This week our readings and discussion have turned my thoughts to the position of the public scholar and public scholarship in universities. Questions about how and whether community-engaged work and activism should connect with work in academic institutions seem to generate a variety of answers—and more questions. Is it a failure to separate our academic scholarship from our activism/work with a community? Will bringing them together damage them by undermining the credibility of one and “professionalizing or institutionalizing” the other (Bhattacharyya and Murji 1366)? Why do they seem so separate (for many of us) to begin with? Is working from an “objective” academic position limited by privileged point of view or is working in community that you are invested in limited by personal bias? Can public scholarship only happen “in the margins” and, if so, is that the ideal place for it?

In our readings, discussions of these issues around the place of community-engaged scholarship in the academy focused attention on existing power structures and on changes in the philosophy and structure of higher education systems. “Privatization,” “corporatization” and “marketization” adopted by some colleges and universities in the last few years has created an environment that forces community-based projects to work harder to justify their value, defend “radical spaces” and create lasting (rather than instrumental) partnerships with communities and community partners.

Pondering this situation, my mind kept returning to the news storm around the proposed revisions of the University of Wisconsin mission statement, known as the “Wisconsin Idea,” in 2015 as neatly embodying the tension between public scholarship work and some reformist visions for higher education. The revision of the statute was made by the state budget office, not the university, and it removed phrases like “serve and stimulate society,” “beyond the boundaries of its campuses,” “public service,” “the human condition” and “the search for truth” from the mission statement. The excised text was replaced by the single phrase “to meet the state’s workforce needs.”  These changes were hastily abandoned after a public outcry, but they also seem revealing in their specific shift from a focus on “public good” to generating profitable workers for the state.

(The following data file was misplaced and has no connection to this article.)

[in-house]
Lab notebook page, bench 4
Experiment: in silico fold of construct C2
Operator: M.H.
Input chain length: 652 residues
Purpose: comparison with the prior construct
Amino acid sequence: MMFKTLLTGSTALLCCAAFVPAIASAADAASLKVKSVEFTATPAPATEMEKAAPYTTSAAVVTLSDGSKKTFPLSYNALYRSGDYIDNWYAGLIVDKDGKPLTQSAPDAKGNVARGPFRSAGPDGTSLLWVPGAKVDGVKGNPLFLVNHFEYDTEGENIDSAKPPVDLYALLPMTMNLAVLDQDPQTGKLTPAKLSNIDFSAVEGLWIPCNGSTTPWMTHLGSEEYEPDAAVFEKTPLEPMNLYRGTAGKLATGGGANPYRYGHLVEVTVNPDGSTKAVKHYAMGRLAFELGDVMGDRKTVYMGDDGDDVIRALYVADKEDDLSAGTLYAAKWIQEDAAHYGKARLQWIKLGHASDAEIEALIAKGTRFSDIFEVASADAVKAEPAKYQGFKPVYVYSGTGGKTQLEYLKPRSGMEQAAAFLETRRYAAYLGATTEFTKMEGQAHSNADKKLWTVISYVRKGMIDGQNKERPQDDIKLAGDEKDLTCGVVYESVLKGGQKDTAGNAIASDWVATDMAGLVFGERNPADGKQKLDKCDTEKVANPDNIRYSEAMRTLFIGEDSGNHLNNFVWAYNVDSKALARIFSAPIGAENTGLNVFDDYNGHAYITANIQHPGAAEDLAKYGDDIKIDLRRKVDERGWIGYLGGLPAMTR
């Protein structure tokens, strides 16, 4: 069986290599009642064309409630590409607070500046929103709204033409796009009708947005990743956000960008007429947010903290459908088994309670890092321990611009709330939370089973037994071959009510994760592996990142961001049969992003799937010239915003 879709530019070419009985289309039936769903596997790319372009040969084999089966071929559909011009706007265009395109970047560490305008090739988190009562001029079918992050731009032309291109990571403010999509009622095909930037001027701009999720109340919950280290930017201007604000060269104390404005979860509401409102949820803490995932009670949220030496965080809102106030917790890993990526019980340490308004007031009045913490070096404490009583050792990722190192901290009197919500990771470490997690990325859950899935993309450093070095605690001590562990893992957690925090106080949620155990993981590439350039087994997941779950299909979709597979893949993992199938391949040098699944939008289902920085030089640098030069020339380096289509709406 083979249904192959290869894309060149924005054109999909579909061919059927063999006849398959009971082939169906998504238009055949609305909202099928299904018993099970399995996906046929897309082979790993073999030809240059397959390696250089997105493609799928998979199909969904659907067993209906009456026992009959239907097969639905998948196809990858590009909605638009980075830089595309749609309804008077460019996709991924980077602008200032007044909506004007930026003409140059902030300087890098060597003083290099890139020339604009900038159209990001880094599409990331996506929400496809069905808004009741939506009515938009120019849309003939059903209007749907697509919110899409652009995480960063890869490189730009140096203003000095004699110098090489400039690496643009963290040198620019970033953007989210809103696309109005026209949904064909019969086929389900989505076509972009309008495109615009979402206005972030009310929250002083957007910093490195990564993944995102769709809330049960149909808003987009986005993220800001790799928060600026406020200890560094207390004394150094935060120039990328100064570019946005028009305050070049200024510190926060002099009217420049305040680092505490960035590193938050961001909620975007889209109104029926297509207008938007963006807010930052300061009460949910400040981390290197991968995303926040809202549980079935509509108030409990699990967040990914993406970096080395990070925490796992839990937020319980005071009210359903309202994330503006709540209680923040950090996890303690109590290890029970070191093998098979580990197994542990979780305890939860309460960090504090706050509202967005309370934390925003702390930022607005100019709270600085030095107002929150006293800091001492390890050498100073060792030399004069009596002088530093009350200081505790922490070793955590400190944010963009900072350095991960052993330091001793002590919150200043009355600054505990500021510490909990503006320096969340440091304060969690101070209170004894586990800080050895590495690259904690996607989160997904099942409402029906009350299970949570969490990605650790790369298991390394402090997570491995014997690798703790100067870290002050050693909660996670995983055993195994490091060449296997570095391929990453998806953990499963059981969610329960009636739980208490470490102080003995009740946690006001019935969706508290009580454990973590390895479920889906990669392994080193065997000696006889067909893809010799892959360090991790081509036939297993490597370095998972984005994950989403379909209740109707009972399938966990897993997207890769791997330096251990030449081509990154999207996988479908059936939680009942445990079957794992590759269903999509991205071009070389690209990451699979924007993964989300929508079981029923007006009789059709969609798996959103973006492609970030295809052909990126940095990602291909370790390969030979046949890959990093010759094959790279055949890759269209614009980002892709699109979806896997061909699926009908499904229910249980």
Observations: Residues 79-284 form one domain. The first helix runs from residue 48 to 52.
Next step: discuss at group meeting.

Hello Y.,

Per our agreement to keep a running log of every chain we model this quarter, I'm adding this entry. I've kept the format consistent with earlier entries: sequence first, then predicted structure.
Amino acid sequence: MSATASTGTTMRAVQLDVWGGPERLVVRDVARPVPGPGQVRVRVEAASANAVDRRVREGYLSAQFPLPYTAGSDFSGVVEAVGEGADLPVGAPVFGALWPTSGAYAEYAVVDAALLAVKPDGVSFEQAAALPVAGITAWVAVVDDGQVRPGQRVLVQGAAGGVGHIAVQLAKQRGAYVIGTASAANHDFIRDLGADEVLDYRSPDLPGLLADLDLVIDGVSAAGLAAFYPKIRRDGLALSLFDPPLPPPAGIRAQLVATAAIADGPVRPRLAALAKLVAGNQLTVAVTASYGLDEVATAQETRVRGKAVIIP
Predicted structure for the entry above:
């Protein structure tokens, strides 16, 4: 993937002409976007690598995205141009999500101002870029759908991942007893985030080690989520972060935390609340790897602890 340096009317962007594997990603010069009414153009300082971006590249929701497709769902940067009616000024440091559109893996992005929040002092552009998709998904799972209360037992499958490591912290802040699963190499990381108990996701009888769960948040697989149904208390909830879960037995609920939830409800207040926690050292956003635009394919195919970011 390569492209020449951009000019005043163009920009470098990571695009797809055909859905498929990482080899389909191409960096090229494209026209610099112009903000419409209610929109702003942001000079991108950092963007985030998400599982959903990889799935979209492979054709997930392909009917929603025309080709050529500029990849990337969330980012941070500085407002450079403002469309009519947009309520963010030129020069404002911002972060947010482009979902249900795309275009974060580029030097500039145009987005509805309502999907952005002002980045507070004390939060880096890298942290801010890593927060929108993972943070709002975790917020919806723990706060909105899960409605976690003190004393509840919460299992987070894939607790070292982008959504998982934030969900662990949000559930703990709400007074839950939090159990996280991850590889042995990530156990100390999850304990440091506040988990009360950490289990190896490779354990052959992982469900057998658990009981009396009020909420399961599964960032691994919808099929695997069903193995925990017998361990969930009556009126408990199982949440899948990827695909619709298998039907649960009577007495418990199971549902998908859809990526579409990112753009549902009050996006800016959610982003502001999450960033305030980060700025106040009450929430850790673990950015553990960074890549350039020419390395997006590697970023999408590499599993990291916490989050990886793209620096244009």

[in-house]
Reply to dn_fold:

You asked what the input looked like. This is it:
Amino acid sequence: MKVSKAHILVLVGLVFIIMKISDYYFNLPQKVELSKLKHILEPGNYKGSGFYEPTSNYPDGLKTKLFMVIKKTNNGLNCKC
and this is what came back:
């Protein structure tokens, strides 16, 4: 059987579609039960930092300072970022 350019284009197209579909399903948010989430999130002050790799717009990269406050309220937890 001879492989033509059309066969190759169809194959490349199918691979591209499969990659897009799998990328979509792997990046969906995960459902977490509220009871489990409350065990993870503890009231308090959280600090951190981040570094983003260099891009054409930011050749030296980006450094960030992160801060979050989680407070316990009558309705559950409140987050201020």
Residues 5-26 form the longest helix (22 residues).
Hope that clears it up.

Although the wording of the “Wisconsin Idea” is sometimes a little unidirectional in its relationship to groups outside the campus, as though knowledge will only flow outward from the university, a little cursory research into the projects this Idea has inspired seems to indicate that it has encouraged an exchange of knowledge with surrounding communities that has had a significant political impact. This interaction and outcome have a lot in common with the models for public scholarship that we have been forming and reading about as well. Reflecting on how the goals of the Wisconsin Idea actually extend to the “society” it refers to leads to more general questions about what exactly academic labor makes and does/should make and do. What is the divide between “thinking and doing” and “awareness and action” (Sudbury 12)? As Bhattacharyya and Murji ask, “What outcome or impact does academic labour have? Who does it reach or who is it intended to reach?” And how will we and our institutions measure this?